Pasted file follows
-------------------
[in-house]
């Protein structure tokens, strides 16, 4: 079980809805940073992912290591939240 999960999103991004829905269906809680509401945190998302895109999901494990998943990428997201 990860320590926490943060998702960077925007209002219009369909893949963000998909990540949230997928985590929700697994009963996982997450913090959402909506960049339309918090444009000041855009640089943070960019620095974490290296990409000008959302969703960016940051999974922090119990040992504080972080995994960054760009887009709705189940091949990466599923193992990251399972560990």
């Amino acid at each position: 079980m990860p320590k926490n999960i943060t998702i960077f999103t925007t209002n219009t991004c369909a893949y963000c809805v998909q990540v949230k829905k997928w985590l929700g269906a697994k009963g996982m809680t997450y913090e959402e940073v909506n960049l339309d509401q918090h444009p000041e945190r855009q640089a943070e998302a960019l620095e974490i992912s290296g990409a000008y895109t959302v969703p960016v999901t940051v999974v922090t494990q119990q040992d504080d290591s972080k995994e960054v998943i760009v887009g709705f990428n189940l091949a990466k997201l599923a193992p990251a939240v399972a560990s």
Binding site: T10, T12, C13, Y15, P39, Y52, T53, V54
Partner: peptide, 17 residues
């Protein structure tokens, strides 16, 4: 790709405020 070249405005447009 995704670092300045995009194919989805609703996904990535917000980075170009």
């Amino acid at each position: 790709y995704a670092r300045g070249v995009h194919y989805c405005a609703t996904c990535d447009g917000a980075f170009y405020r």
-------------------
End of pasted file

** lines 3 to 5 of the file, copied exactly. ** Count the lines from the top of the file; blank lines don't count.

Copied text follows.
């Amino acid at each position: 079980m990860p320590k926490n999960i943060t998702i960077f999103t925007t209002n219009t991004c369909a893949y963000c809805v998909q990540v949230k829905k997928w985590l929700g269906a697994k009963g996982m809680t997450y913090e959402e940073v909506n960049l339309d509401q918090h444009p000041e945190r855009q640089a943070e998302a960019l620095e974490i992912s290296g990409a000008y895109t959302v969703p960016v999901t940051v999974v922090t494990q119990q040992d504080d290591s972080k995994e960054v998943i760009v887009g709705f990428n189940l091949a990466k997201l599923a193992p990251a939240v399972a560990s």
Binding site: T10, T12, C13, Y15, P39, Y52, T53, V54
Partner: peptide, 17 residues